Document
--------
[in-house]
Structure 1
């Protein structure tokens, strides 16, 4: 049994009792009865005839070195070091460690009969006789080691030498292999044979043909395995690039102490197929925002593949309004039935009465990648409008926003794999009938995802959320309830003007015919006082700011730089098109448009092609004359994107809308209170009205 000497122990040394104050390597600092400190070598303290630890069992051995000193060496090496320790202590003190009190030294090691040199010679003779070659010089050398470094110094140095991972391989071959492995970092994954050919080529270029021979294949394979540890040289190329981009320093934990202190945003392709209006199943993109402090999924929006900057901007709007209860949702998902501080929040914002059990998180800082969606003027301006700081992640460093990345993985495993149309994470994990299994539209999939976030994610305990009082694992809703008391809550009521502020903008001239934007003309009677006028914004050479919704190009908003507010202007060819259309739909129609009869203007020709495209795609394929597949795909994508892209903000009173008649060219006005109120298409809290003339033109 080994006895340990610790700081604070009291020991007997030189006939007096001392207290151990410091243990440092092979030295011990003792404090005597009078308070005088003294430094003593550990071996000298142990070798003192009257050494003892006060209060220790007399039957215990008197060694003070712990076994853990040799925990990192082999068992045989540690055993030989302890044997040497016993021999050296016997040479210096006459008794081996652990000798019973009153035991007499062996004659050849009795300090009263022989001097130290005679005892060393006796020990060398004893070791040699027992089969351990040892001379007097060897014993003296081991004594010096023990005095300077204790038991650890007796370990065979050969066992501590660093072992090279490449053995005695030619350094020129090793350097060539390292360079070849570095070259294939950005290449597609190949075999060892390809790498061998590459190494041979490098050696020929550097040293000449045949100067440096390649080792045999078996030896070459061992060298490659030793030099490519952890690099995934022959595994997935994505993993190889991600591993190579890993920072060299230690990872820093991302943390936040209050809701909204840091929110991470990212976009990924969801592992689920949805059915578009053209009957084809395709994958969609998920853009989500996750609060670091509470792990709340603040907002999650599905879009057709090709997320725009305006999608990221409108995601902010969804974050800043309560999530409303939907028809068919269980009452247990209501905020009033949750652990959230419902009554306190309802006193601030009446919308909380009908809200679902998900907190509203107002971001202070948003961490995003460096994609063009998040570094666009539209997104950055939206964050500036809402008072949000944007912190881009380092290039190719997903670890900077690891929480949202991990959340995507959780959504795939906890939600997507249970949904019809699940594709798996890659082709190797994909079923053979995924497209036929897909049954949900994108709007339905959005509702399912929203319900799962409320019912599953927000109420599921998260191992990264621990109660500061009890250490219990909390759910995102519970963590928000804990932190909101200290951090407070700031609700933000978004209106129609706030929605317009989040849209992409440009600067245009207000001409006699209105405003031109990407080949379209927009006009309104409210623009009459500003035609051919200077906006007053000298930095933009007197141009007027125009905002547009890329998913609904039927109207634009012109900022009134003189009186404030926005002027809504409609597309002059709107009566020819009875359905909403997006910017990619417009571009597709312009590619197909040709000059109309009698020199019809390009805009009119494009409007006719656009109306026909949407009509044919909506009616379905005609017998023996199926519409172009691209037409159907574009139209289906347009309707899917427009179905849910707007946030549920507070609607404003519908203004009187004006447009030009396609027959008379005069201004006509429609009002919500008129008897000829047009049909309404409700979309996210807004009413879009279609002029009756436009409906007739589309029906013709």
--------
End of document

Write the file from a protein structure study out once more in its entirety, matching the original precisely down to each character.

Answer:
[in-house]
Structure 1
């Protein structure tokens, strides 16, 4: 049994009792009865005839070195070091460690009969006789080691030498292999044979043909395995690039102490197929925002593949309004039935009465990648409008926003794999009938995802959320309830003007015919006082700011730089098109448009092609004359994107809308209170009205 000497122990040394104050390597600092400190070598303290630890069992051995000193060496090496320790202590003190009190030294090691040199010679003779070659010089050398470094110094140095991972391989071959492995970092994954050919080529270029021979294949394979540890040289190329981009320093934990202190945003392709209006199943993109402090999924929006900057901007709007209860949702998902501080929040914002059990998180800082969606003027301006700081992640460093990345993985495993149309994470994990299994539209999939976030994610305990009082694992809703008391809550009521502020903008001239934007003309009677006028914004050479919704190009908003507010202007060819259309739909129609009869203007020709495209795609394929597949795909994508892209903000009173008649060219006005109120298409809290003339033109 080994006895340990610790700081604070009291020991007997030189006939007096001392207290151990410091243990440092092979030295011990003792404090005597009078308070005088003294430094003593550990071996000298142990070798003192009257050494003892006060209060220790007399039957215990008197060694003070712990076994853990040799925990990192082999068992045989540690055993030989302890044997040497016993021999050296016997040479210096006459008794081996652990000798019973009153035991007499062996004659050849009795300090009263022989001097130290005679005892060393006796020990060398004893070791040699027992089969351990040892001379007097060897014993003296081991004594010096023990005095300077204790038991650890007796370990065979050969066992501590660093072992090279490449053995005695030619350094020129090793350097060539390292360079070849570095070259294939950005290449597609190949075999060892390809790498061998590459190494041979490098050696020929550097040293000449045949100067440096390649080792045999078996030896070459061992060298490659030793030099490519952890690099995934022959595994997935994505993993190889991600591993190579890993920072060299230690990872820093991302943390936040209050809701909204840091929110991470990212976009990924969801592992689920949805059915578009053209009957084809395709994958969609998920853009989500996750609060670091509470792990709340603040907002999650599905879009057709090709997320725009305006999608990221409108995601902010969804974050800043309560999530409303939907028809068919269980009452247990209501905020009033949750652990959230419902009554306190309802006193601030009446919308909380009908809200679902998900907190509203107002971001202070948003961490995003460096994609063009998040570094666009539209997104950055939206964050500036809402008072949000944007912190881009380092290039190719997903670890900077690891929480949202991990959340995507959780959504795939906890939600997507249970949904019809699940594709798996890659082709190797994909079923053979995924497209036929897909049954949900994108709007339905959005509702399912929203319900799962409320019912599953927000109420599921998260191992990264621990109660500061009890250490219990909390759910995102519970963590928000804990932190909101200290951090407070700031609700933000978004209106129609706030929605317009989040849209992409440009600067245009207000001409006699209105405003031109990407080949379209927009006009309104409210623009009459500003035609051919200077906006007053000298930095933009007197141009007027125009905002547009890329998913609904039927109207634009012109900022009134003189009186404030926005002027809504409609597309002059709107009566020819009875359905909403997006910017990619417009571009597709312009590619197909040709000059109309009698020199019809390009805009009119494009409007006719656009109306026909949407009509044919909506009616379905005609017998023996199926519409172009691209037409159907574009139209289906347009309707899917427009179905849910707007946030549920507070609607404003519908203004009187004006447009030009396609027959008379005069201004006509429609009002919500008129008897000829047009049909309404409700979309996210807004009413879009279609002029009756436009409906007739589309029906013709």